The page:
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Date:   Wed, 25 Oct 2017 09:01:04 +0300
From:   Dan Carpenter <dan.carpenter@...cle.com>
To:     SF Markus Elfring <elfring@...rs.sourceforge.net>
Cc:     dri-devel@...ts.freedesktop.org, linux-renesas-soc@...r.kernel.org,
        David Airlie <airlied@...ux.ie>,
        Laurent Pinchart <laurent.pinchart@...asonboard.com>,
        LKML <linux-kernel@...r.kernel.org>,
        kernel-janitors@...r.kernel.org
Subject: Re: [PATCH 1/2] drm/rcar-du: Use common error handling code in
 rcar_du_encoders_init()

This is a subtle thing but my preference on this type of thing is the
way the original code is written.  I'm still slightly annoyed that
someone once made me rewrite a patch using the new style...  But anyways
I guess other people sometimes disagree with me.

Unwinding is for when you allocate five things in a row.  You have
to undo four if the last allocation fails.  But say you have to take a
lock part way through and drop it before the end of the function.  The
lock/unlock is not part of the list of five resources that you want the
function to take so it doesn't belong in the unwind code.

If you add the lock/unlock to the unwind code, then it makes things a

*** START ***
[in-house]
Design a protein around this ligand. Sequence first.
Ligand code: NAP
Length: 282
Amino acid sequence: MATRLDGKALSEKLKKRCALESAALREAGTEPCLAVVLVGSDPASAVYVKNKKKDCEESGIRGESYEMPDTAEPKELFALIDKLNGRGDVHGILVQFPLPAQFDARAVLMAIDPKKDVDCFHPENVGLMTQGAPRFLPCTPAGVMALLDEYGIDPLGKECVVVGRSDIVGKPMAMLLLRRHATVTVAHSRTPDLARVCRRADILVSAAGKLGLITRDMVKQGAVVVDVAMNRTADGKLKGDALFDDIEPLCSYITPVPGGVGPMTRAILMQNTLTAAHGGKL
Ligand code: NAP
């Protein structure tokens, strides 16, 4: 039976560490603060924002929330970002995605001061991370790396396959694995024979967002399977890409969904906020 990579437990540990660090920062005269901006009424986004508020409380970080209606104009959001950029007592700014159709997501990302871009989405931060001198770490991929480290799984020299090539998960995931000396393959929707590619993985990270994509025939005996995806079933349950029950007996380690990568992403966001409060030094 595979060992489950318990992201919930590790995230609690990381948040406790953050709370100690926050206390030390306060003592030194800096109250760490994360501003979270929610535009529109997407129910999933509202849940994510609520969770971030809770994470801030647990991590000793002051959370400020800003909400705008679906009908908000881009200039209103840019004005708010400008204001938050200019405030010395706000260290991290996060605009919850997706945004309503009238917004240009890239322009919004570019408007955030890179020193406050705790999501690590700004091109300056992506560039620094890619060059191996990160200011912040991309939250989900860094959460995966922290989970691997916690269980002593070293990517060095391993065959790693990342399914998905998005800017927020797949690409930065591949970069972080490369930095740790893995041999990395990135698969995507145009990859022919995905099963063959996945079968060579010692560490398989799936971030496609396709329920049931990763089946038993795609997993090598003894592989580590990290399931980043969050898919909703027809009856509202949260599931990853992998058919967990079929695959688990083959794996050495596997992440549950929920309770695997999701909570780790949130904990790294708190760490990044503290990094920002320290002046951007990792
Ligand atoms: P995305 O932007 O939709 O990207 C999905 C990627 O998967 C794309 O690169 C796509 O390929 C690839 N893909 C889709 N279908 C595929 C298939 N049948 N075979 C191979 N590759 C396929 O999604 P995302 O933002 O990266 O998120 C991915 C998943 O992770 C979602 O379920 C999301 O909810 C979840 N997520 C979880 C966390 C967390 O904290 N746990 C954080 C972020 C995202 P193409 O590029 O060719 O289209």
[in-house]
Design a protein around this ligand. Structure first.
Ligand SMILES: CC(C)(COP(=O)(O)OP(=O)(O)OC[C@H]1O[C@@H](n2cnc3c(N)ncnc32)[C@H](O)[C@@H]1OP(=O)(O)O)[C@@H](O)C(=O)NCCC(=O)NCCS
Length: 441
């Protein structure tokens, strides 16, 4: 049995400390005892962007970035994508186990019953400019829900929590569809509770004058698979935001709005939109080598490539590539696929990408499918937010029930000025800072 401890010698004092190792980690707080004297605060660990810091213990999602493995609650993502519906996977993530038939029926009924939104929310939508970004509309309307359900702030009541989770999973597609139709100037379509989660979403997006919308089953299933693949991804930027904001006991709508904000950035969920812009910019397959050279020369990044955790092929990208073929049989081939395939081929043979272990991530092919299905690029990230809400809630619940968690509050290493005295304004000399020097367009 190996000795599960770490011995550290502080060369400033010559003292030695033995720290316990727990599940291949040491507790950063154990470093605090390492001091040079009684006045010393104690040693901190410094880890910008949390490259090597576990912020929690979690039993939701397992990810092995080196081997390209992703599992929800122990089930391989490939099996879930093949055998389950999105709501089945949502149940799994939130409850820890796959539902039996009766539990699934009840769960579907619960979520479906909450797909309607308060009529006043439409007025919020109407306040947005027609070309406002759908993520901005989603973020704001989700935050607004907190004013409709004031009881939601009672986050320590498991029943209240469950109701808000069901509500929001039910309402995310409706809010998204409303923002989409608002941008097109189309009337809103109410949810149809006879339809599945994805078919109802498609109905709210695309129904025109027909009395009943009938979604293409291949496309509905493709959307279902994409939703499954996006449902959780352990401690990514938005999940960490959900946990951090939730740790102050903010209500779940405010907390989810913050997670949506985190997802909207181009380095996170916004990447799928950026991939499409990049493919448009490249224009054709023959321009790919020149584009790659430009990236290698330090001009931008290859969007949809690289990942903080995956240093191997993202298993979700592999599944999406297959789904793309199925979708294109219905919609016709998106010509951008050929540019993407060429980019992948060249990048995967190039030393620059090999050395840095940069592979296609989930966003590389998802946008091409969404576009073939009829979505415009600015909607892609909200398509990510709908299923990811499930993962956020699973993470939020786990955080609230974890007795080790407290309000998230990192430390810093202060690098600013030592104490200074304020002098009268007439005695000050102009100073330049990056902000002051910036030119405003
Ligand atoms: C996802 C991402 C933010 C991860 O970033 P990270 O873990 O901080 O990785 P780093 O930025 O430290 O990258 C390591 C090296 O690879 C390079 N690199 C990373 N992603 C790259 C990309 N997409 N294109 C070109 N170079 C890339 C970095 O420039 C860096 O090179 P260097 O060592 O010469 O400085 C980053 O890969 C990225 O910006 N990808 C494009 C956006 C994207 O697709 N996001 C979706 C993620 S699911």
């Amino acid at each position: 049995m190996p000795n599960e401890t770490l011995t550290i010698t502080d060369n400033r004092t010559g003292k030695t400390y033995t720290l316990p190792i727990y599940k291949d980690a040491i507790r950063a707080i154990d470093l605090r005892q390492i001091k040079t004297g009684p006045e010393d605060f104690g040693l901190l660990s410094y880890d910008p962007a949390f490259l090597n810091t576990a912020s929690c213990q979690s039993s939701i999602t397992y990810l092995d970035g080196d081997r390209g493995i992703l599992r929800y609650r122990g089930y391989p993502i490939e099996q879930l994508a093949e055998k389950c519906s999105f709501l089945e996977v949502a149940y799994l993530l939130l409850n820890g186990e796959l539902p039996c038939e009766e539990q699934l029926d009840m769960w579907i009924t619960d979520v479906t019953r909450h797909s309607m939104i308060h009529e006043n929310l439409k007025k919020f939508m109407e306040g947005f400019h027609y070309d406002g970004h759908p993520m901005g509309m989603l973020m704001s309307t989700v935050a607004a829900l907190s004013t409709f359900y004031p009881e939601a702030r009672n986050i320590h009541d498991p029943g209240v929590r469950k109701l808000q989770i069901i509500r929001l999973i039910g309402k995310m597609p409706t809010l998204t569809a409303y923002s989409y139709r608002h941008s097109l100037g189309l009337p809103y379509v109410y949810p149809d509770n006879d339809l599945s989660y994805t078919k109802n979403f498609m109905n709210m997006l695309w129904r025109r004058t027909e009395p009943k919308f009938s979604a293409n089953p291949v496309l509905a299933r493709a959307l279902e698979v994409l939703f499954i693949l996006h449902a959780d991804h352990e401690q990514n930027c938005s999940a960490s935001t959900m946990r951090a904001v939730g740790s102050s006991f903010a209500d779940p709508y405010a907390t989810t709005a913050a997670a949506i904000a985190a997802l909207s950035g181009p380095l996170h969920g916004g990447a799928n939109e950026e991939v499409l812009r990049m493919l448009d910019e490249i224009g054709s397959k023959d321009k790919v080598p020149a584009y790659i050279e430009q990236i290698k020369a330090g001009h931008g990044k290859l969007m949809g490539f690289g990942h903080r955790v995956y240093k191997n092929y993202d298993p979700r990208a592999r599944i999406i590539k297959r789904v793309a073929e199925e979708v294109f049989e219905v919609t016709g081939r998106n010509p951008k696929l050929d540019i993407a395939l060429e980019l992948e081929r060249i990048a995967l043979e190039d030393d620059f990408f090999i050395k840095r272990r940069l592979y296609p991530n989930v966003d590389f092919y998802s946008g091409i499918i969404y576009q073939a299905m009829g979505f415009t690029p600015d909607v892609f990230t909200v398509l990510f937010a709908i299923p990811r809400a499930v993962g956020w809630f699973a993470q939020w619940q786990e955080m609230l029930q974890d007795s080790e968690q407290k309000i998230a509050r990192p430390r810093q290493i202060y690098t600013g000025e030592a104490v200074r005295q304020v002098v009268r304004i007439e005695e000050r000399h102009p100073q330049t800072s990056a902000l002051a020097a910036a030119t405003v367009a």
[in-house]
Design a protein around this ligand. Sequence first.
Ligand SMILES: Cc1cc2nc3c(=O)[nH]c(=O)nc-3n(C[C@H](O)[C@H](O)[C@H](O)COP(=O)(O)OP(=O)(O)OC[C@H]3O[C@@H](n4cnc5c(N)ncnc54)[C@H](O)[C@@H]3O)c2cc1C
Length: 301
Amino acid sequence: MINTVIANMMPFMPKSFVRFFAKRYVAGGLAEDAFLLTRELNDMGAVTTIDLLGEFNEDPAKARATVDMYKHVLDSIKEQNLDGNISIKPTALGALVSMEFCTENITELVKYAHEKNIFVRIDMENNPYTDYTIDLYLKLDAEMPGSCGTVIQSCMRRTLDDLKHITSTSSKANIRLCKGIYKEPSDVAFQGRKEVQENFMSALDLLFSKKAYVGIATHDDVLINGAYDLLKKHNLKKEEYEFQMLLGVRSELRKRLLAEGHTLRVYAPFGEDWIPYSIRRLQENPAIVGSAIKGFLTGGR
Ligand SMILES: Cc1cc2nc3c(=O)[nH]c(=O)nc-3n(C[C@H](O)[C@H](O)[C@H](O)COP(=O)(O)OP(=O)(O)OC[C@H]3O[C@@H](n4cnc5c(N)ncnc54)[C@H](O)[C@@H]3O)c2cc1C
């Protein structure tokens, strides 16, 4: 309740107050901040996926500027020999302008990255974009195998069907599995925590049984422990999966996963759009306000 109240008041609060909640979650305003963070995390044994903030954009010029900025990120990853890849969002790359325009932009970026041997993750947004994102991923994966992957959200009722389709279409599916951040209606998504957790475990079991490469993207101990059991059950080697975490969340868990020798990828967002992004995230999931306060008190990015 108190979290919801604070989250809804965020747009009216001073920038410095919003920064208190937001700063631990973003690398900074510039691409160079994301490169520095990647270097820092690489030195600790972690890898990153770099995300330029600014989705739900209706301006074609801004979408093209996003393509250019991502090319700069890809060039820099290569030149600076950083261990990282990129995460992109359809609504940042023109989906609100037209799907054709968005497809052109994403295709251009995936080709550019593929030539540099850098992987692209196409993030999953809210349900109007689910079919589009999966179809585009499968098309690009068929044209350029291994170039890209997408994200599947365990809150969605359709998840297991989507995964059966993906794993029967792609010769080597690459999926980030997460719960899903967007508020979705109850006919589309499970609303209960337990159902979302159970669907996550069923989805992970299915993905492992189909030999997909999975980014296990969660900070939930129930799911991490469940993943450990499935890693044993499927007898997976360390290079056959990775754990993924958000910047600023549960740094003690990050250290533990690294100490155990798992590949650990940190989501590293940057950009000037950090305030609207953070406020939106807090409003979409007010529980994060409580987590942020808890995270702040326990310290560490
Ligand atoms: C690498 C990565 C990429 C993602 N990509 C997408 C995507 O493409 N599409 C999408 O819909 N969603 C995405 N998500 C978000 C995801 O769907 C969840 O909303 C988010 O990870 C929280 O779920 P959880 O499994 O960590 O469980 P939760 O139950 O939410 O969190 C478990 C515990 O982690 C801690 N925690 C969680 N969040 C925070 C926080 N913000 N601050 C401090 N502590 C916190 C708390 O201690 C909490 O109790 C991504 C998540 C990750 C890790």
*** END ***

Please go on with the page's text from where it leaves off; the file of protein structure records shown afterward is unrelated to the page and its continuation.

bit tricky because then you have to do funny things like:

free_four:
	free(four);
	goto free_three:  <-- little bunny hop
unlock:                   <-- less useful label
	unlock();
free_three:
	free_three();
free_two:
	free(two);
free_one:
	free(one);

	return ret;

It's better to just do the unlocking before the goto.  That way the
lock and unlock are close together.

	if (!four) {
		unlock();
		ret = -EFAIL;
		goto free_three;
	}

Of course, having a big unlock label makes sense if you take a lock at
the start of the function and need to drop it at the end.  But in this
case we are taking a  lock then dropping it, and taking the next, then
dropping it and so on.  It's a different situation.

regards,
dan carpenter

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